Personal subscriber-level privacy was a huge information technology (IT) task to tackle for wireless carriers that adopted an internal application model and strategy.Regardless of whether they confronted the job through their own internal engineering efforts (e.g., Cingular Wireless) or by purchasing privacy management IT, such as a location-enabling server, they have done it.And because they have accomplished the task, I would argue that the privacy issue does not warrant the paranoid press attention it receives. Nonetheless, the majority of the U.S.public is concerned about privacy, "and we need to speak to privacy concerns by educating the mass-market public that their concerns have been addressed," as Brian Wilson, Cingular Wireless, put it.

Privacy Types
In LBS, there are conceivably two types of location privacy-personal subscriber-level privacy and corporate enterprise-level privacy. Personal subscriber-level privacy is mainly concerned with the mass market. Personal subscriber-level privacy must supply rights and options to individuals to control when, why, and how their location is used by an application? With personal subscriber-level privacy, each individual has liberties to "opt in" and "opt out" of services that take advantage of their mobile location.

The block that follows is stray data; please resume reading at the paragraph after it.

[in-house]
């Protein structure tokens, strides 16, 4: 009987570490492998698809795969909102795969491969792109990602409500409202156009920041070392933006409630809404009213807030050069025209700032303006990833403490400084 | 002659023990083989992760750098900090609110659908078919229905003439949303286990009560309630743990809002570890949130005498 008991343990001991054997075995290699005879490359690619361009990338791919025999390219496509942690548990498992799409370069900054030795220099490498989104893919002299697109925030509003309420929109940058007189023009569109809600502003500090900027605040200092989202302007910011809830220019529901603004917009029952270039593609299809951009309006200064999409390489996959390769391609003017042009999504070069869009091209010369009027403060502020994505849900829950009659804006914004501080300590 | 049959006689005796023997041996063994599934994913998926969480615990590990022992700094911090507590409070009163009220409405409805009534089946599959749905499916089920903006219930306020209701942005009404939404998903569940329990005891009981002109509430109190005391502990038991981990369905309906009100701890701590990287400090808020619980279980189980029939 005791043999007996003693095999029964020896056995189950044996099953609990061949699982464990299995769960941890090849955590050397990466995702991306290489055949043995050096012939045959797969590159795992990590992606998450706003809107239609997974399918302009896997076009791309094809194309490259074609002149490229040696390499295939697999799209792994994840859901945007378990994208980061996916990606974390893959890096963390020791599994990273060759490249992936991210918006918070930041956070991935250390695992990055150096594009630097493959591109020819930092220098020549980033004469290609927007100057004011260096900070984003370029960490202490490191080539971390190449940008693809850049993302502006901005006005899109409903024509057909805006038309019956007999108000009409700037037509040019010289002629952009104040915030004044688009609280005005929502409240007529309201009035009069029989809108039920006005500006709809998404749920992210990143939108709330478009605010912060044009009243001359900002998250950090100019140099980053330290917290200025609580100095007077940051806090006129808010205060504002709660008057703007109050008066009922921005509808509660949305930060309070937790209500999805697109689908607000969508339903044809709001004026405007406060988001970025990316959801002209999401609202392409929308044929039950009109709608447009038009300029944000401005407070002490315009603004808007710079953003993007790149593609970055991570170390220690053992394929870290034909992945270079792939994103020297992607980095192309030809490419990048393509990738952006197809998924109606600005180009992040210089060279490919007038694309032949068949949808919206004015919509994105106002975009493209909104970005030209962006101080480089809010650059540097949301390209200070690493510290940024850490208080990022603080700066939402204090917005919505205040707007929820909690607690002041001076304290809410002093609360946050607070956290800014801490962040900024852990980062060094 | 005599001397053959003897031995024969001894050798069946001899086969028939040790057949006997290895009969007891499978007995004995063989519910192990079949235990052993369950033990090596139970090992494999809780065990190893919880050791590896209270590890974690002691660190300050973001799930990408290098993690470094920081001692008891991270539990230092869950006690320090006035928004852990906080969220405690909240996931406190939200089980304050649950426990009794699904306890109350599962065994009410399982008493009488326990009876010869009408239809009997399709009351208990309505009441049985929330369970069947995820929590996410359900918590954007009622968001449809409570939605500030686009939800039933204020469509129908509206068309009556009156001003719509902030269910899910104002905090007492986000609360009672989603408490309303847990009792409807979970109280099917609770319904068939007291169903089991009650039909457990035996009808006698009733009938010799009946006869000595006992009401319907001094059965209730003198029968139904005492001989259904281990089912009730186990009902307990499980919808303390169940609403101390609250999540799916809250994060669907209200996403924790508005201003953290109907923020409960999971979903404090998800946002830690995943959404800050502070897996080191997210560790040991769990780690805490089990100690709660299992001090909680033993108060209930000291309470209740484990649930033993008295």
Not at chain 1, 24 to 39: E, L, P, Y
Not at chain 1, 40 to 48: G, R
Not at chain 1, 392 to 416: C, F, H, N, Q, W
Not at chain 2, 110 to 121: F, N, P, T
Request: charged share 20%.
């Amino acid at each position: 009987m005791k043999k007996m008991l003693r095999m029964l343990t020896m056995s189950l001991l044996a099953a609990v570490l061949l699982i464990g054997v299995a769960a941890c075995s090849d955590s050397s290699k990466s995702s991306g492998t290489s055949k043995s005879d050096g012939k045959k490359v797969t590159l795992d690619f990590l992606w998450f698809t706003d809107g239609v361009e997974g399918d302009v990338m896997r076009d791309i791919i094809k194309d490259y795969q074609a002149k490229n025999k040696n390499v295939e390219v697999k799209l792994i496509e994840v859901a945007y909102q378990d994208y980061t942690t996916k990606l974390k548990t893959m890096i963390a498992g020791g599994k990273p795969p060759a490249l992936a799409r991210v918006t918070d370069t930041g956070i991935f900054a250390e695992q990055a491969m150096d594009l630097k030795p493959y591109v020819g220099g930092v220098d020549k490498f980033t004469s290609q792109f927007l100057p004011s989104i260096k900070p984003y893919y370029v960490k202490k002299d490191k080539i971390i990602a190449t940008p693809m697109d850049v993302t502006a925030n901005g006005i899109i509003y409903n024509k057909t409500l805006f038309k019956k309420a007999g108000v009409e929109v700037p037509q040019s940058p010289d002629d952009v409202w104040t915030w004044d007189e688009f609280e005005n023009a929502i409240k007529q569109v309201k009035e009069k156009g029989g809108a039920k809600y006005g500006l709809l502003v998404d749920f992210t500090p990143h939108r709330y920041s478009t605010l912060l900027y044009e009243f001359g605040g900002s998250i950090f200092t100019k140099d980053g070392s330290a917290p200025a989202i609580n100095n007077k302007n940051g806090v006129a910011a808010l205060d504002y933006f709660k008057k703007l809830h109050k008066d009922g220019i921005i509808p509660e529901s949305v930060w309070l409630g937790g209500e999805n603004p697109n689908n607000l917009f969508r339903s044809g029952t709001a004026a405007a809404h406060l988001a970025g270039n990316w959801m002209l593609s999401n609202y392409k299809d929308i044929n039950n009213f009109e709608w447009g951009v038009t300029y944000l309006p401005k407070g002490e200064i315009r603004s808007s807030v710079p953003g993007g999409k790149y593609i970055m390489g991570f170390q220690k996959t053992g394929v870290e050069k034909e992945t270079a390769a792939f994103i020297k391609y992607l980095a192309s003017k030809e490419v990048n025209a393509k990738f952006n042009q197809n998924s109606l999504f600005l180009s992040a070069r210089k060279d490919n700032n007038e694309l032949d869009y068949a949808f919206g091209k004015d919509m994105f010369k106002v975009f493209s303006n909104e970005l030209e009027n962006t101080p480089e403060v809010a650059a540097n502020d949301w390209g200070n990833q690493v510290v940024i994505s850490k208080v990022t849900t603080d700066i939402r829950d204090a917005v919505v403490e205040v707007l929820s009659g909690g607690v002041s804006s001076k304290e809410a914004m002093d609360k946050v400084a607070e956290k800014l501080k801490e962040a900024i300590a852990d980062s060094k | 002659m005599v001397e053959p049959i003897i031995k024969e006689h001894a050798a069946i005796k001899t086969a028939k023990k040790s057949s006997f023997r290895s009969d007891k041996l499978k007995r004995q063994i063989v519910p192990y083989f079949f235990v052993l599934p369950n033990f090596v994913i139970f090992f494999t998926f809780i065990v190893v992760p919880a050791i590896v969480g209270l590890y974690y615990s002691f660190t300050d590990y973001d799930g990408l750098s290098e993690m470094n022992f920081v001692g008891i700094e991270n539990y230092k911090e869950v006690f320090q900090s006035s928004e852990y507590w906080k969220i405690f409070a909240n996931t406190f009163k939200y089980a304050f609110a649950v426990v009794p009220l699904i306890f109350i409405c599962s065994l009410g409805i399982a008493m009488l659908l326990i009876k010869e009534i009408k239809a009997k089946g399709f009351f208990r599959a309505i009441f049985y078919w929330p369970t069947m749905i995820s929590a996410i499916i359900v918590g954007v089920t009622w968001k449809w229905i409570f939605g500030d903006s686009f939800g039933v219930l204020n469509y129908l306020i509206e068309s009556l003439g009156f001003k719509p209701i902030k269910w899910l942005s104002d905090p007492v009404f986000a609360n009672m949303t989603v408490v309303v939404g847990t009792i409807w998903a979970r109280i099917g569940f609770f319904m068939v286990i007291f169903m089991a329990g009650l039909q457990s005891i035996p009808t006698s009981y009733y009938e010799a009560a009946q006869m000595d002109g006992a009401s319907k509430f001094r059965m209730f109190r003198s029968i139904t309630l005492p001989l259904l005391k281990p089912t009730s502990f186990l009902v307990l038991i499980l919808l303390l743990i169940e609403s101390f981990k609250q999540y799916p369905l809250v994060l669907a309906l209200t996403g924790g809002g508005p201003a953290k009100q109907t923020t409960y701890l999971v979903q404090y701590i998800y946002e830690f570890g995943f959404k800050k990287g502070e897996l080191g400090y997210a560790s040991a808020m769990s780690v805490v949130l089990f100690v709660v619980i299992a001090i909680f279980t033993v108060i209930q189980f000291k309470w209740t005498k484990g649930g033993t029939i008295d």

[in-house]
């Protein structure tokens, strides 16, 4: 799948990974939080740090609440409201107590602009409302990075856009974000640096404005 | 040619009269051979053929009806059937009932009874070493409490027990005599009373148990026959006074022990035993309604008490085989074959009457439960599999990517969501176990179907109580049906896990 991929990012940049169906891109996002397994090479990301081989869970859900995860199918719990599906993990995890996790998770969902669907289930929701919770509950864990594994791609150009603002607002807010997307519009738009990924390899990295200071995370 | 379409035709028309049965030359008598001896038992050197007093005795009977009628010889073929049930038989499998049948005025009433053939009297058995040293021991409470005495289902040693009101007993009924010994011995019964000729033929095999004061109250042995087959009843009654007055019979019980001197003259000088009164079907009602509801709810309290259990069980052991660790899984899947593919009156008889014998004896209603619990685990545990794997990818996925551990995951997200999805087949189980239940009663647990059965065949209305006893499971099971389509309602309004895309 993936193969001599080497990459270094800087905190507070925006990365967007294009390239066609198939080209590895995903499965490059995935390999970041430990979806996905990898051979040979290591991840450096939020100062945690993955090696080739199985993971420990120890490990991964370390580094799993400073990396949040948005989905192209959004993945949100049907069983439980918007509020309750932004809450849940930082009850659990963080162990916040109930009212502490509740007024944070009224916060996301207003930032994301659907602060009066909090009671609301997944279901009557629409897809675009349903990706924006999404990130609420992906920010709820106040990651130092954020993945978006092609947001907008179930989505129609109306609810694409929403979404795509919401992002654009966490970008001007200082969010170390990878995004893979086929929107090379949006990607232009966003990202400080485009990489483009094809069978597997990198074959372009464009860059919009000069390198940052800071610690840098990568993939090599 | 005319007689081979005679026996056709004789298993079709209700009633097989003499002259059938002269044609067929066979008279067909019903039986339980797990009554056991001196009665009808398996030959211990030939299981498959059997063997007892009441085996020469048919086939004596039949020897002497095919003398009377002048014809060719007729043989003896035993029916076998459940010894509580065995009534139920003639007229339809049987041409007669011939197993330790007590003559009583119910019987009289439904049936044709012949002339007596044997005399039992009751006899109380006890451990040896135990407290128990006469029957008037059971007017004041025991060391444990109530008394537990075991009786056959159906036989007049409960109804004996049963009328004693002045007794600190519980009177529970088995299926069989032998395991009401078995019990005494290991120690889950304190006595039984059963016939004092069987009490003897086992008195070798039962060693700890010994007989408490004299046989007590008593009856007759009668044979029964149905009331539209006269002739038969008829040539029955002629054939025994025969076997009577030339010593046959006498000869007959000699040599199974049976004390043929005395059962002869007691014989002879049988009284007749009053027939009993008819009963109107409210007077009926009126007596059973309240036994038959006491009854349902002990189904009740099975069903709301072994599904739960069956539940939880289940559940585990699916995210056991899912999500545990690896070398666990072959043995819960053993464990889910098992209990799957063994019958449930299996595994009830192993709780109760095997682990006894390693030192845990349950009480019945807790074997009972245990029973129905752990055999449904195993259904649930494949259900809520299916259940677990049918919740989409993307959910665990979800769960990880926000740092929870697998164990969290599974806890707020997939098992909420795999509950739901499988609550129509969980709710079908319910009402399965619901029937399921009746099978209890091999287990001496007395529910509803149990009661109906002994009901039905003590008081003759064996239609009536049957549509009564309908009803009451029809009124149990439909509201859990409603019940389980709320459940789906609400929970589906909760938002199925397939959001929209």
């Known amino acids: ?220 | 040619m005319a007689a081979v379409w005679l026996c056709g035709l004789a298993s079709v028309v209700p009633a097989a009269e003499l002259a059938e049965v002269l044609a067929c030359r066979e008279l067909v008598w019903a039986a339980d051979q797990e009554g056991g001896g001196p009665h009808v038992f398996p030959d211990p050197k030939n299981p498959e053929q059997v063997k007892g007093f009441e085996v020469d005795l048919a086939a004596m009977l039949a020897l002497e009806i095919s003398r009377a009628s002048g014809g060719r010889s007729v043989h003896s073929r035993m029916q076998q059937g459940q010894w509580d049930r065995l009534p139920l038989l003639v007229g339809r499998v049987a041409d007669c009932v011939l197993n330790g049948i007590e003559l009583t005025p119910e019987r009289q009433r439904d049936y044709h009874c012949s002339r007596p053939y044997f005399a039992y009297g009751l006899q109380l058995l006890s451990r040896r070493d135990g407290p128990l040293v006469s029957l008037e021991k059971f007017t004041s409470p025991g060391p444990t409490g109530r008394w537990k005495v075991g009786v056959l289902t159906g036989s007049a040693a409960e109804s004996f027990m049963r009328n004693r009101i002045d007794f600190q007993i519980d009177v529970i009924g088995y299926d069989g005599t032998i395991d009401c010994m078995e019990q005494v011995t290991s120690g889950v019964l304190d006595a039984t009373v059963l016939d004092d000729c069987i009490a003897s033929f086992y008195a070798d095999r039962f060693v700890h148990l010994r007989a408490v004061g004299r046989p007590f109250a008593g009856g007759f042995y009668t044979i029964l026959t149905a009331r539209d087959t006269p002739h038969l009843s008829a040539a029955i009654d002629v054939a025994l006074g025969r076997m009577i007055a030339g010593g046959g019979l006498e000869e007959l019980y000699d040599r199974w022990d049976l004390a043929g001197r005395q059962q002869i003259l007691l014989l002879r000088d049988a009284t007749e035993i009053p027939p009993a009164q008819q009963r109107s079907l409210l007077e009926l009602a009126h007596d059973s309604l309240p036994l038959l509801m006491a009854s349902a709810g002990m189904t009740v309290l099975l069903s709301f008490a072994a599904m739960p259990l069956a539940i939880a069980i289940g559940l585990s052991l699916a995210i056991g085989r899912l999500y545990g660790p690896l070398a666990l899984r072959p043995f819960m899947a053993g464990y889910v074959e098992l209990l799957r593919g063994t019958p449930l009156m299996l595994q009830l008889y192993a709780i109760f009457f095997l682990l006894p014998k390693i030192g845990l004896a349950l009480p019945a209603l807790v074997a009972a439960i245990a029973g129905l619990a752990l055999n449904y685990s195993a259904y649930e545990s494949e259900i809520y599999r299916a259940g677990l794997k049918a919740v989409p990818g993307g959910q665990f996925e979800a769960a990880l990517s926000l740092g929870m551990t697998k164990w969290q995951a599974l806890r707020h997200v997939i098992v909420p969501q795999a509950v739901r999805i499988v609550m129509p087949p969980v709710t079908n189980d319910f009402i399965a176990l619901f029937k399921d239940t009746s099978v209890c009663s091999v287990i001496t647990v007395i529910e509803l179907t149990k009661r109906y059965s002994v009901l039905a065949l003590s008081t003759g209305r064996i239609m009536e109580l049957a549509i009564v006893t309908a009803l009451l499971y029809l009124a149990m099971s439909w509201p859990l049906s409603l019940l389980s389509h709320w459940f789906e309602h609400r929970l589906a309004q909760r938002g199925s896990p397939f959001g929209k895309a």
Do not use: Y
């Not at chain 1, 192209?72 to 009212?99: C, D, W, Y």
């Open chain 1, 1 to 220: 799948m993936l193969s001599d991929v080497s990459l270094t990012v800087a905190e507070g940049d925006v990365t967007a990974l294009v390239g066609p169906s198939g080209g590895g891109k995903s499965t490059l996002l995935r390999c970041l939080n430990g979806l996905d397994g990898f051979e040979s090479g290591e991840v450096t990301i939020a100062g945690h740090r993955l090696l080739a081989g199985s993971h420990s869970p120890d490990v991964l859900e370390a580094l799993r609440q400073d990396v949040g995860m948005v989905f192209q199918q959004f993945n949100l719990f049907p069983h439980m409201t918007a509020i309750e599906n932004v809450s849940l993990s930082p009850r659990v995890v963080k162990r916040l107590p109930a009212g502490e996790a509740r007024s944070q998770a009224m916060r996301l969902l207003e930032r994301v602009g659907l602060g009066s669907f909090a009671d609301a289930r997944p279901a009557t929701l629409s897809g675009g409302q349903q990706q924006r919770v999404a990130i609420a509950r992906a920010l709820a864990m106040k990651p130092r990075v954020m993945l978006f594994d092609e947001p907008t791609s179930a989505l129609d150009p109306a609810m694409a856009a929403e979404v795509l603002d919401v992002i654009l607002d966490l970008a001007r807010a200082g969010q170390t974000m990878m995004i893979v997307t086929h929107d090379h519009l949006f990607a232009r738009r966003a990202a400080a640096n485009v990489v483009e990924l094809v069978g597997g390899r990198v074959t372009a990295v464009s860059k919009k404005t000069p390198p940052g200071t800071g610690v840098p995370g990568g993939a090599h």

Corporate enterprise-level privacy is fundamentally different in that corporate IT managers typically control when, why, and how mobile location capabilities provide application benefits to the organization as a whole. With corporate enterprise-level privacy, an individual is part of a team, working with other individuals who share similar corporate goals and objectives. Within the enterprise, personal subscriber-level privacy is sometimes irrelevant because location is not "nice-to-have for me," but rather a critical requirement for staff to function productively while mobile.Equally, mobile workforce locations provide back-office decision makers with essential knowledge to communicate more effectively with field staff, which in turn makes life less frustrating for mobile staff.

Is Privacy a Concern for the Enterprise?